How to create dependency injection for ASP.NET MVC 5?

Creating Dependency Injection with ASP.NET Core is fairly easy. The documentation explains it very well here and this guy has a killer video to explain it.

However, I want to do the same thing with my ASP.NET MVC 5 project. How can handle dependency injection with ASP.MVC 5?

Also, is Dependency injection limited to controllers only or can it work with any class?

Answers


In ASP.Net MVC you can use the .Net Core DI from NuGet rather than one of the third-party alternatives:-

using Microsoft.Extensions.DependencyInjection

For the MVC Start/Configuration class:-

public void Configuration(IAppBuilder app)
        {
            // We will use Dependency Injection for all controllers and other classes, so we'll need a service collection
            var services = new ServiceCollection();

            // configure all of the services required for DI
            ConfigureServices(services);

            // Configure authentication
            ConfigureAuth(app);

            // Create a new resolver from our own default implementation
            var resolver = new DefaultDependencyResolver(services.BuildServiceProvider());

            // Set the application resolver to our default resolver. This comes from "System.Web.Mvc"
            //Other services may be added elsewhere through time
            DependencyResolver.SetResolver(resolver);
        }

My project uses Identity User and I've replaced the OWIN start-up configuration to follow a service-based approach instead. The default Identity User classes use static factory methods to create instances. I've moved that code into the constructors and relied on DI to provide the appropriate injection. It is still work in progress but here is where I am at:-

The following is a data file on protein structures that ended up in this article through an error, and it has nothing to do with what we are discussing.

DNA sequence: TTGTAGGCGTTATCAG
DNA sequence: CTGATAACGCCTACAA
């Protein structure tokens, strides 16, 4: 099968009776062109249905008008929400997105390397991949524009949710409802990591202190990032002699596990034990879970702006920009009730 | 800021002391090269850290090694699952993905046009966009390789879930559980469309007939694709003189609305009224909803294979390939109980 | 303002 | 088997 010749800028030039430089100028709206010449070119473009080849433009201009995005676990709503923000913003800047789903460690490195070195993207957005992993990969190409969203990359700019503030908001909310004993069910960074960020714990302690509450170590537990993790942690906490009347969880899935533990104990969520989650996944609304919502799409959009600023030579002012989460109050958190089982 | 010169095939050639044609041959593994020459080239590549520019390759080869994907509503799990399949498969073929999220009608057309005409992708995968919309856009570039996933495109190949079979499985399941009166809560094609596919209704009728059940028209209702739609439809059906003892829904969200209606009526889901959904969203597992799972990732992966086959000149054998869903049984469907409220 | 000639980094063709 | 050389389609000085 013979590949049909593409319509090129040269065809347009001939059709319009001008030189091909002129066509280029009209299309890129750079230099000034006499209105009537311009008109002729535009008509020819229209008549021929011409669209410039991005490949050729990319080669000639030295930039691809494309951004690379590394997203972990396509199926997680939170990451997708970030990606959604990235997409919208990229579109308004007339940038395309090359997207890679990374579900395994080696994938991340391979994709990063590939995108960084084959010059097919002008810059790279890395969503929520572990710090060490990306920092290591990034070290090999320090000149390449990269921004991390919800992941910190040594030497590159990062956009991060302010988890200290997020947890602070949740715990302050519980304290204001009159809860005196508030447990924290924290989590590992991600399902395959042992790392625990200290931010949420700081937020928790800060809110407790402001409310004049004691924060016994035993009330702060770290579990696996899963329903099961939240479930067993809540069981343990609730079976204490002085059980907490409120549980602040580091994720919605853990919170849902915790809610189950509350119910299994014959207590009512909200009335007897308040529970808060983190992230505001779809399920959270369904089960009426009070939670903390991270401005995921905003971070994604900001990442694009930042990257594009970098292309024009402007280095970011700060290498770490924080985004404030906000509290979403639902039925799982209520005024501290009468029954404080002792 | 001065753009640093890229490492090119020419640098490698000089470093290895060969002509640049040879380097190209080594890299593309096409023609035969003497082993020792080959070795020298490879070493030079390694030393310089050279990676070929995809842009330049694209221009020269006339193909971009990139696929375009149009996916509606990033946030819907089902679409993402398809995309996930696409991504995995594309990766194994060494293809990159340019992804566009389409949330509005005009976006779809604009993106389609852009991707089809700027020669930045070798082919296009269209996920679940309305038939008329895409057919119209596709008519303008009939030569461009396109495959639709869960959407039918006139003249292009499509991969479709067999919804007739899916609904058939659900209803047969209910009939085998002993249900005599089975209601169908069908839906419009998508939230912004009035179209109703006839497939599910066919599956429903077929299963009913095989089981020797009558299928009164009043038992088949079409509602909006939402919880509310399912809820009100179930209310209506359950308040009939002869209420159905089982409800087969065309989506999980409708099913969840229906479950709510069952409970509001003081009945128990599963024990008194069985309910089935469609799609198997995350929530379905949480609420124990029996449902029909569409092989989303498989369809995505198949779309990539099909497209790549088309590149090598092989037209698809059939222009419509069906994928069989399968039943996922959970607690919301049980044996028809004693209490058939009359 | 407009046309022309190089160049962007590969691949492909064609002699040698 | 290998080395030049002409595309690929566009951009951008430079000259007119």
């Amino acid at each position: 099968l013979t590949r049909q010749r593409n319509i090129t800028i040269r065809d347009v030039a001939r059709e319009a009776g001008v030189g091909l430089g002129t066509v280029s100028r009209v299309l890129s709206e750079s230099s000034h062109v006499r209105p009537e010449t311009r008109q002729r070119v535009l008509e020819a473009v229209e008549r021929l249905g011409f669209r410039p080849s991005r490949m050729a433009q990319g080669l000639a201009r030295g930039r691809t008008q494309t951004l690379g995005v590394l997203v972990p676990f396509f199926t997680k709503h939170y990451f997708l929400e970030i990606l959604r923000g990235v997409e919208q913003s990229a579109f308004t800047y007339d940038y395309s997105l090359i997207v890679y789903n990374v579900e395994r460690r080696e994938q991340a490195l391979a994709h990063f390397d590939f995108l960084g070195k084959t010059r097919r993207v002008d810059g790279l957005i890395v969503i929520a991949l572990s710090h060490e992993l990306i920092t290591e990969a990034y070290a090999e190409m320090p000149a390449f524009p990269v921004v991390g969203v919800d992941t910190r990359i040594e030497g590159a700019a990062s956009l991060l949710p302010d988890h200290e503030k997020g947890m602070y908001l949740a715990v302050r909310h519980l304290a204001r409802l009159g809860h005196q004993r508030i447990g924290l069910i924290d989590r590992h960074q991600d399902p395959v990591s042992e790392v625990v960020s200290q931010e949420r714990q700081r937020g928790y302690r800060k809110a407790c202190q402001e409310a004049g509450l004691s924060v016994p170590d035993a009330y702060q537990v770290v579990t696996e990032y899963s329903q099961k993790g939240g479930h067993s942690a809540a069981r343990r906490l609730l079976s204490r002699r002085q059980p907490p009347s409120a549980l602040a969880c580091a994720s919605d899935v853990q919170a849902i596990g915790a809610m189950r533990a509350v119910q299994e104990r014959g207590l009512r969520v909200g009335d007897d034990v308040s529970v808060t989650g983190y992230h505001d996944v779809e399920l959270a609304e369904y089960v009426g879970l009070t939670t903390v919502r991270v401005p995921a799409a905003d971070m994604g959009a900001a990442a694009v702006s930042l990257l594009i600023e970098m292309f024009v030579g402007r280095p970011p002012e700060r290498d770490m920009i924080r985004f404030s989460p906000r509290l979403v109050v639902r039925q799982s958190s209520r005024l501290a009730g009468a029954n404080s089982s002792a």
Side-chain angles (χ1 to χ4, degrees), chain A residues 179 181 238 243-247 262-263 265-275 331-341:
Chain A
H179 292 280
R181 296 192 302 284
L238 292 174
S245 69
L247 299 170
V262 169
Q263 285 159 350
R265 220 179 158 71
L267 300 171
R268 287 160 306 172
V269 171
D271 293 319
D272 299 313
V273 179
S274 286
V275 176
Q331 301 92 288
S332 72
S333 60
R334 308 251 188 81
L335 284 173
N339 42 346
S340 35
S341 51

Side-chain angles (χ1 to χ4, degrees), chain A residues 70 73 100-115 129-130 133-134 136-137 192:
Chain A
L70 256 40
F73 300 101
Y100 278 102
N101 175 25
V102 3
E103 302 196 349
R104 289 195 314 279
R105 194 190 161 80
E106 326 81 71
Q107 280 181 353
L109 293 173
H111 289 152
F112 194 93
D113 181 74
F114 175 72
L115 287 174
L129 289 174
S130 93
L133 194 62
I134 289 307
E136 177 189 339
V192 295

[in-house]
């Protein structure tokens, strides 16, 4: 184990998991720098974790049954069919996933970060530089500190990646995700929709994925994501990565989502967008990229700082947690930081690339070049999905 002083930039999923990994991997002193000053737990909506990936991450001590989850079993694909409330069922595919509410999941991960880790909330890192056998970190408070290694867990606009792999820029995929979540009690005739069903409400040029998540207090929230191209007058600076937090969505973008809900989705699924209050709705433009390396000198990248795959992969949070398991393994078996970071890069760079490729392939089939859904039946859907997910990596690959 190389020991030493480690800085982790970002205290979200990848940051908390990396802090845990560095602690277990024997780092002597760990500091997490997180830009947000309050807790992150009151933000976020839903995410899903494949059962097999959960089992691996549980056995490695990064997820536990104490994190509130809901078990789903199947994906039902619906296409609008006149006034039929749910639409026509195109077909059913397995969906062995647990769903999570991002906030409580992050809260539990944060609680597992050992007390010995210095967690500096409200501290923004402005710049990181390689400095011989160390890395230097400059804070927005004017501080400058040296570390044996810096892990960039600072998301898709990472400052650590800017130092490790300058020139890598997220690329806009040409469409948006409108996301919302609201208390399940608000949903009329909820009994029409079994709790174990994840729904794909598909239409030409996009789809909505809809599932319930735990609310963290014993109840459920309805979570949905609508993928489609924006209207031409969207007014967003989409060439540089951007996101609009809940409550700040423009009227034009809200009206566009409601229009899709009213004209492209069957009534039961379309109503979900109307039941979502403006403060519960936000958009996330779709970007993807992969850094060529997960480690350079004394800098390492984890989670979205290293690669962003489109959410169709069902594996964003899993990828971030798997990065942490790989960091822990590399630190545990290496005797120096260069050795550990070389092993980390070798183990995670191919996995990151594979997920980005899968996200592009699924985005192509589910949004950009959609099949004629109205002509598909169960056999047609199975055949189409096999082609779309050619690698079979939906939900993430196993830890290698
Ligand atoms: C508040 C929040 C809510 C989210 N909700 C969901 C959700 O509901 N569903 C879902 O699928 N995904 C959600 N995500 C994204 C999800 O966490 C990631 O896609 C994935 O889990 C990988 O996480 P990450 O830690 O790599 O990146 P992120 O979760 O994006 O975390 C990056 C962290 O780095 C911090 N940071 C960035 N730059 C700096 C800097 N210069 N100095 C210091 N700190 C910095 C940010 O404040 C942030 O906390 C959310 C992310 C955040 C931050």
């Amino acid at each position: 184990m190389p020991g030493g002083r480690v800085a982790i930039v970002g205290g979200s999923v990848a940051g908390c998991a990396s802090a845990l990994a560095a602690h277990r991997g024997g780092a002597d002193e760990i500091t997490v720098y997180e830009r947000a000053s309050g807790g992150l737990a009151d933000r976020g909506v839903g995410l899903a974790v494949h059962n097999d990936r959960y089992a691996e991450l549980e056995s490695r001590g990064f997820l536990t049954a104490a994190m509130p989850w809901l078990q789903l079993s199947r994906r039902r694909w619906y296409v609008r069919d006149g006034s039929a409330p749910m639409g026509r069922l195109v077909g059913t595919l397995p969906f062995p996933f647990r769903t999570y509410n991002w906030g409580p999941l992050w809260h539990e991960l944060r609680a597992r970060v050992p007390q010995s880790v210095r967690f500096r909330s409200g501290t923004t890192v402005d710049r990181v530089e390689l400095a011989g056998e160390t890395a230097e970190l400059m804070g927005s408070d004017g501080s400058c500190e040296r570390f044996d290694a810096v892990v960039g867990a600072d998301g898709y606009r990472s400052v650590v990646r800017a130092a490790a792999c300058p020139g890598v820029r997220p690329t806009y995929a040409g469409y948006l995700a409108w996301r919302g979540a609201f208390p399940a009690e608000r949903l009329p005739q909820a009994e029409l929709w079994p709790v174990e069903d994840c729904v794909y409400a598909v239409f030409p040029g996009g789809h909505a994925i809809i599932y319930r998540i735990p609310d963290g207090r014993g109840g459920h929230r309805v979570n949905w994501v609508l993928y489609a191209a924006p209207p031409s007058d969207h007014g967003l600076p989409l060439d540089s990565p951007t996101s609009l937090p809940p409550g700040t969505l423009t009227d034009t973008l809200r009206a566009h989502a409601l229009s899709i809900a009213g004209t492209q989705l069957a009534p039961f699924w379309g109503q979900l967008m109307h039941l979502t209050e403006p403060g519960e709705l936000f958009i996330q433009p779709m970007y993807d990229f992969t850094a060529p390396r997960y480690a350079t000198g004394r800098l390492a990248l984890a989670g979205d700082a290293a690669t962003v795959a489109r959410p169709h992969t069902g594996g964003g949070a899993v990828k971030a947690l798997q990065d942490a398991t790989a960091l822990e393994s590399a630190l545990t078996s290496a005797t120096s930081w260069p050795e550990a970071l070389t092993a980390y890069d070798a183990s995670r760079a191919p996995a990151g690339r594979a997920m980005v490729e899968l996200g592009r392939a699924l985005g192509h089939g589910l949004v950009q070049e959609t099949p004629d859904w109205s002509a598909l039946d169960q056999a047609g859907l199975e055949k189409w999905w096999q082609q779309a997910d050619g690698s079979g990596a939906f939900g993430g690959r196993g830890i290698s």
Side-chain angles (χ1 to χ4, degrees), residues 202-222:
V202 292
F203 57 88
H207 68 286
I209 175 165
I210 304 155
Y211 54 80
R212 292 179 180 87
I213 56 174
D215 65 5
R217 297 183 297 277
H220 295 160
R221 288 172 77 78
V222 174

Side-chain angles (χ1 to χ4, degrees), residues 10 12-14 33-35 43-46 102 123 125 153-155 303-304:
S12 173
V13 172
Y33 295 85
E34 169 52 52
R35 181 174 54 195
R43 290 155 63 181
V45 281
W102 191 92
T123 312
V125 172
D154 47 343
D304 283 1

public void ConfigureServices(IServiceCollection services)
        {               
            //====================================================
            // Create the DB context for the IDENTITY database
            //====================================================
            // Add a database context - this can be instantiated with no parameters
            services.AddTransient(typeof(ApplicationDbContext));

            //====================================================
            // ApplicationUserManager
            //====================================================
            // instantiation requires the following instance of the Identity database
            services.AddTransient(typeof(IUserStore<ApplicationUser>), p => new UserStore<ApplicationUser>(new ApplicationDbContext()));

            // with the above defined, we can add the user manager class as a type
            services.AddTransient(typeof(ApplicationUserManager));

            //====================================================
            // ApplicationSignInManager
            //====================================================
            // instantiation requires two parameters, [ApplicationUserManager] (defined above) and [IAuthenticationManager]
            services.AddTransient(typeof(Microsoft.Owin.Security.IAuthenticationManager), p => new OwinContext().Authentication);